UI seeks delay in Griesbaum trial
Motion follows 3-week bias trial that found for Jane Meyer
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The University of Iowa wants to postpone the trial of a former field hockey coach who’s suing the UI for employment discrimination.
Tracey Griesbaum, who was fired by the UI in 2014 after several student-athletes complained of verbal abuse, is suing her former employer for gender and sexual orientation discrimination.
Assistant Attorney General George Carroll, representing the UI, filed a motion Tuesday requesting a delay in the trial scheduled to start June 5 in Polk County and last 10 days.
“Defendants will not be able to present an adequate defense in the time originally scheduled by consent of counsel,” he wrote. “The number of witnesses and length of testimony will require more than 10 days of trial. The Meyer v University of Iowa litigation demonstrates this reality.”
Carroll is referring to the nearly three-week trial of Griesbaum’s partner, Jane Meyer, who worked 14 years in the UI athletics department before she was transferred out in December 2015.
A jury last week awarded Meyer $1.4 million, finding the UI discriminated against her based on gender and sexual orientation, as well as retaliated against her, paid a similarly-positioned male employee more money and violated Meyer’s whistleblower rights.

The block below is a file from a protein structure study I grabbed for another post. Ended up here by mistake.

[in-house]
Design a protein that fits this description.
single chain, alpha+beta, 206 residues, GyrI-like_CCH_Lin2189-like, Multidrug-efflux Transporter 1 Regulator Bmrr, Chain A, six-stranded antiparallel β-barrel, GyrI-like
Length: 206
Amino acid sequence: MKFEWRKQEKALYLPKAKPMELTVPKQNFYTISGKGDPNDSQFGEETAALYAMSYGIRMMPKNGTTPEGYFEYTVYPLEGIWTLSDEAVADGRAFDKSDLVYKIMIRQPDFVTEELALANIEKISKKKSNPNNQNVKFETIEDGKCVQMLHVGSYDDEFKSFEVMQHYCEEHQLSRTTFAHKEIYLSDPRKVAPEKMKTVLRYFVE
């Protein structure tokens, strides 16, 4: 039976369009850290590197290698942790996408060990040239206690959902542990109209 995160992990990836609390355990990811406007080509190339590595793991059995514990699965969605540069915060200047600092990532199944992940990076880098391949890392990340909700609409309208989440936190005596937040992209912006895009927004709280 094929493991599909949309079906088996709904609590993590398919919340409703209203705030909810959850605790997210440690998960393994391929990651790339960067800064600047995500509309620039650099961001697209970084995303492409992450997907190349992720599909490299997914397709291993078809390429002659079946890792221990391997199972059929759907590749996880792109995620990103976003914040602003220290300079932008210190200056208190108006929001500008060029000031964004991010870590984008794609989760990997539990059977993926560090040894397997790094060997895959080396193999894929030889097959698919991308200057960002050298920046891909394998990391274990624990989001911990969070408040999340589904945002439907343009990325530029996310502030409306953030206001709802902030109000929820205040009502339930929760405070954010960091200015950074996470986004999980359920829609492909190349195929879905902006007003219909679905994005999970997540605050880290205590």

Meyer’s trial included 12 days of testimony and dozens of witnesses, including UI Athletics Director Gary Barta, Head Football Coach Kirk Ferentz, Head Wrestling Coach Tom Brands and Head Women’s Basketball Coach Lisa Bluder.
The UI does not agree to split up the Griesbaum trial, saying a break in testimony would likely occur as the defense is calling witnesses and thereby hurt the UI’s case, the motion states.
“Defendants have the same right to present evidence as Plaintiff and the fact that Plaintiff may be done in a certain time frame should not be the sole consideration,” Carroll wrote.
Griesbaum’s lawsuit, filed in March 2016, claims gender bias in the Athletics Department causes a double standard by which female coaches must monitor their language and worry about keeping students and parents happy, while male coaches are allowed to “yell, curse, threaten, throw things, be ejected from games and push student athletes to the edge of their abilities even if it sometimes results in injury.”
Mistreatment reported by some student athletes includes Griesbaum allegedly calling a student-athlete stupid; telling a student-athlete, “If I were you, I would kill myself;’ having a student-athlete practice alone; and allowing “call out” meetings that hurt team morale, according to a summary of a UI investigation that preceded Griesbaum’s firing.
Investigators, though, found insufficient evidence to show a violation of university policy.
Griesbaum denied the accusations and other student-athletes could not substantiate them to investigators. Hundreds of former players and coaches have written letters to the UI and posted messages online in support of Griesbaum, describing her coaching style as tough but fair.
The lawsuit claims Barta undermined or forced out other female coaches, including those who were gay.